Obama is famous — or notorious — for his high opinion of his own capabilities. He was quoted as saying
“I think that I’m a better speechwriter than my speechwriters,” Mr. Obama told Patrick Gaspard, his political director, at the start of the 2008 campaign, according to The New Yorker. “I know more about policies on any particular issue than my policy directors. And I’ll tell you right now that I’m going to think I’m a better political director than my political director.”
So, as Mark Theissen points out, it’s probably not a surprise that he also doesn’t figure he needs intelligence briefings, preferring instead to read the Presidential Daily Brief.
Well, I was involved in the Intelligence Community for a good while. I was more involved in collection and then computer security than analysis, but I know analysts. Here’s how the business is done:
People out at the collection end collect raw intelligence (never you mind how) and transmit it to CIA, where the main analysis shop is. This being the government, it’s not really that simple — there are independent analysis shops at State and in DoD, and some of the analysis, especially heavily technical analysis, is partly done at the front end, but for simplicity, we’ll say it goes to CIA. There, it’s stored — you can think of it as if each little piece is copied to a 5×8 card, which is really how it was done at the dawn of time — with various techniques available to sort it and sift it. At that point, an analyst — someone with a degree in something like history or political science or even psychology — looks at the new stuff, sorts through it, and summarizes it. Basically, they write a term paper every day. These term papers are further summarized by an area specialist, summartied again, and eventually make it to a document (or data base) called a National intelligence Estimate. That is in turn summarized into a document called the Presidential Daily Brief, which is the document that Obama claims to read in the morning. These used to be in the hands of the Director of Central Intelligence, who was the President’s direct line to the Intelligence Community. Now it’s the Director of National Intelligence, as the Congress in its infinite wisdom decided that the solution to a politicized and fragile system was to put another layer of management over it in another agency. So now the Director of the CIA is sending this stuff to the DNI, who is responsible to the President.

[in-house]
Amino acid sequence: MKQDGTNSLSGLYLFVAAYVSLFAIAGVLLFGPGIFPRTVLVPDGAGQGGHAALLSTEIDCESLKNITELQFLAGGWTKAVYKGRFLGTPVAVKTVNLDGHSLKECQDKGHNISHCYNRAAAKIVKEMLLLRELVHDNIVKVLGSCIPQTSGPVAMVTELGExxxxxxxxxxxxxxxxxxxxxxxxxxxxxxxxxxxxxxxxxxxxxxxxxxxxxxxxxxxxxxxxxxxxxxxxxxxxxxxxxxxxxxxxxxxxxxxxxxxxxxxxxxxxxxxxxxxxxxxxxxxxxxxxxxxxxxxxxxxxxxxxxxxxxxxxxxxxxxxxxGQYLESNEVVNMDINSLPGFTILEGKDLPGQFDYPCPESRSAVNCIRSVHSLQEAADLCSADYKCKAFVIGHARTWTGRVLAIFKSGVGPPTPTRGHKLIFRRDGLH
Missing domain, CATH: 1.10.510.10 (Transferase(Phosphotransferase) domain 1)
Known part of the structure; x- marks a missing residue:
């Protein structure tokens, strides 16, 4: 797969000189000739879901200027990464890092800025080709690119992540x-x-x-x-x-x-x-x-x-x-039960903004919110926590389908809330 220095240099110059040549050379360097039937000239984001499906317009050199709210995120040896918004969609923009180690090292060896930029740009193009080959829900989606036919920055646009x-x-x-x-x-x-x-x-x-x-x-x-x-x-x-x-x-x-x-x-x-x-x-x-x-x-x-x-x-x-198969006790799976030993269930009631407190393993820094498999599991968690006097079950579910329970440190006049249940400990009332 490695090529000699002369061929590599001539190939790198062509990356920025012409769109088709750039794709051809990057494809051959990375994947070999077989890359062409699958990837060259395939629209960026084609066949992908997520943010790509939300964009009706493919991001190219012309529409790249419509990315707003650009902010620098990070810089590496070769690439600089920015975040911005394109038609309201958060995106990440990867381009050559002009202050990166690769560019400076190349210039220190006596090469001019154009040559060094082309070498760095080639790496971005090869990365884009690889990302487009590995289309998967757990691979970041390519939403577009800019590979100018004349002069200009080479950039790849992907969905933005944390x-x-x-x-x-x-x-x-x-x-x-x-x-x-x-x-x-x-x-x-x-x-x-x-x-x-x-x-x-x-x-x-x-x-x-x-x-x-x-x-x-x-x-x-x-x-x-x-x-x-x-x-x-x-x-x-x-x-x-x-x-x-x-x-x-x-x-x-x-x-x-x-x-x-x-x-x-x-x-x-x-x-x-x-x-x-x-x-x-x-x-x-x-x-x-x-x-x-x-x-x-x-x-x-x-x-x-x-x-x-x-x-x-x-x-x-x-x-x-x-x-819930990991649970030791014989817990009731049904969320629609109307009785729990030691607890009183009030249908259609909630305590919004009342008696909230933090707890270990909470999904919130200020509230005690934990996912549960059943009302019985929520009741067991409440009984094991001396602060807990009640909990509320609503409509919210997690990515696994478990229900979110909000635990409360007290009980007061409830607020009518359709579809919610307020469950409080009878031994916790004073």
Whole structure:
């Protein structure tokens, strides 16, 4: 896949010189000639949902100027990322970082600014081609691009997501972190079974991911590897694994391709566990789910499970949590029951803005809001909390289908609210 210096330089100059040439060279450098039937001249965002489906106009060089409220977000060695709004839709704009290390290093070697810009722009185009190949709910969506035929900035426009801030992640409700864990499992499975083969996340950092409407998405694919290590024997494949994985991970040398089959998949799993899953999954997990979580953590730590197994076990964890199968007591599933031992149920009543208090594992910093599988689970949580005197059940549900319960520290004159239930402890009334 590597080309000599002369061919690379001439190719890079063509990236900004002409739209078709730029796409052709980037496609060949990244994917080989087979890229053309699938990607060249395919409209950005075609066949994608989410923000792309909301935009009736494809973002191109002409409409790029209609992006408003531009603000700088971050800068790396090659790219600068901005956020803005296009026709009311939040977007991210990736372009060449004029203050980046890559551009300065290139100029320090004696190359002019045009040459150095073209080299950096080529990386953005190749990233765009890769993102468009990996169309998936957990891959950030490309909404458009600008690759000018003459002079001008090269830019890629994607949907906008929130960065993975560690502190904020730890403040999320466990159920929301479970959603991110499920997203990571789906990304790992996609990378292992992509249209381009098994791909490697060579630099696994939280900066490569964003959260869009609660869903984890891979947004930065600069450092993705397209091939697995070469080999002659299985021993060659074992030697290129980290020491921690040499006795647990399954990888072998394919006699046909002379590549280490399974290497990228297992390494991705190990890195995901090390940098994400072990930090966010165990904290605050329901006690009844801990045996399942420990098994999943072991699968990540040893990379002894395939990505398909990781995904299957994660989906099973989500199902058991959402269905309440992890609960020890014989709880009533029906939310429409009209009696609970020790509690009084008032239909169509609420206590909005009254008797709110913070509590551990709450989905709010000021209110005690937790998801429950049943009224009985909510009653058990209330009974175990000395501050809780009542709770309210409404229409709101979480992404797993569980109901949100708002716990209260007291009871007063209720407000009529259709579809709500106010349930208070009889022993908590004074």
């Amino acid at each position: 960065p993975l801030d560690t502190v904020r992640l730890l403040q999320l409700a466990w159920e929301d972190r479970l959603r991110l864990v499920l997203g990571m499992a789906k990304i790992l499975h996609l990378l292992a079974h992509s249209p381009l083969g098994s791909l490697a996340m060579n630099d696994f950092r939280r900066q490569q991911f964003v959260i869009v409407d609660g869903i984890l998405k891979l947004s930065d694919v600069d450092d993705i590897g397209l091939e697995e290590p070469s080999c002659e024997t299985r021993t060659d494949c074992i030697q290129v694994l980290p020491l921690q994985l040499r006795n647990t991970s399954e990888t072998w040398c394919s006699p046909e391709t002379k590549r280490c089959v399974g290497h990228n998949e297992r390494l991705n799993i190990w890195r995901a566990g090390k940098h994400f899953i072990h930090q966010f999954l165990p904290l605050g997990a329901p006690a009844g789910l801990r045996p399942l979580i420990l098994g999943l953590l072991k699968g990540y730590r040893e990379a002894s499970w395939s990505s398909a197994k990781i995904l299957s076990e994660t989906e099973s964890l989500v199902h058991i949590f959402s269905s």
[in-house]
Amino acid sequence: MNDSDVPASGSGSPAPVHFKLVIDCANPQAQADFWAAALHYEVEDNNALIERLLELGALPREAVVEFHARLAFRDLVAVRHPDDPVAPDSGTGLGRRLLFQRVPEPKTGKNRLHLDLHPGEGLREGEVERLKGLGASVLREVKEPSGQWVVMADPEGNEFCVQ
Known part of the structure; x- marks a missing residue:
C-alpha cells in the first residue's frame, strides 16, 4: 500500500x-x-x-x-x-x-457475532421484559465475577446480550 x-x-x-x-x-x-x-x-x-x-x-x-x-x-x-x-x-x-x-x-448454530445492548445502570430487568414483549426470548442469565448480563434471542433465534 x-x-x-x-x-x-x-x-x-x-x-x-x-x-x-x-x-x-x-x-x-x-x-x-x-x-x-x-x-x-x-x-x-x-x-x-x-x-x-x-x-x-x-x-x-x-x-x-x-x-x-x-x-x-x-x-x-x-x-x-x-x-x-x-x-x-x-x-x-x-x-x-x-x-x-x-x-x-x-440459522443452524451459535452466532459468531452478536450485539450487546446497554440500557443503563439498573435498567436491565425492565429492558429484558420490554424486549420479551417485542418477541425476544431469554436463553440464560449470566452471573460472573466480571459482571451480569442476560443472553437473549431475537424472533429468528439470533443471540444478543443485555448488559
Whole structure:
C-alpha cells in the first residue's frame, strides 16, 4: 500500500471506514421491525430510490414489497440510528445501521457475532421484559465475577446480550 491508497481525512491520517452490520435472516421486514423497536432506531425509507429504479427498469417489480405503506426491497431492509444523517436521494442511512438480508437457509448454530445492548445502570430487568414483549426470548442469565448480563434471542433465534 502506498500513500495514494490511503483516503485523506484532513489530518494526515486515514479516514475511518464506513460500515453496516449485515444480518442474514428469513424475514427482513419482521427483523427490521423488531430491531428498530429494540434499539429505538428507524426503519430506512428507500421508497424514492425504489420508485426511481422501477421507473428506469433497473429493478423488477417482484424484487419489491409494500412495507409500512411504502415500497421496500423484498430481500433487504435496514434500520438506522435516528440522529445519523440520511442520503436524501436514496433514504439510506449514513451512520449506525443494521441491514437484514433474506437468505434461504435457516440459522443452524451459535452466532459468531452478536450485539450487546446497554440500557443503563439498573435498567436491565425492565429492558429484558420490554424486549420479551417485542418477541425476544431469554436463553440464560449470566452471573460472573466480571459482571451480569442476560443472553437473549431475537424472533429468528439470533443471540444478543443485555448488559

Now, I’ve never seen a PDB or NIE except in declassified form, but George Washington University has some examples online. Have a look at them: they are a page or two of bullet points on each topic, and I can tell you what that means is this torrent, this firehose of information, has been summarized in a way which guarantees:
that it mentions a lot of possibilities;
that it says nothing that can be certainly disproven, and;
that everything it says matches exactly what the DNI thinks is politically advantageous to the DNI.
What the PDB is supposed to be is basically a powerpoint of the important things that have happened; they send along a briefer, who is a top-level analyst who spends all day every day becoming an expert in the topics covered, and then if something exciting is happening, they may bring an area expert who is an even more rigorous expert in a more narrowly constrained topic. These experts can answer questions, and take new direction on areas of interest; they’re there to be the President’s (and the National Security Councils’) brains. As you can see from the examples I linked, the PDB itself is basically a USA Today level of detail at best. The briefer expands that and works with the President’s staff to make sure the details are getting through.
What Mark Thiessen is telling us is that Obama prefers to read the USA Today summary instead of talking to an expert and asking questions.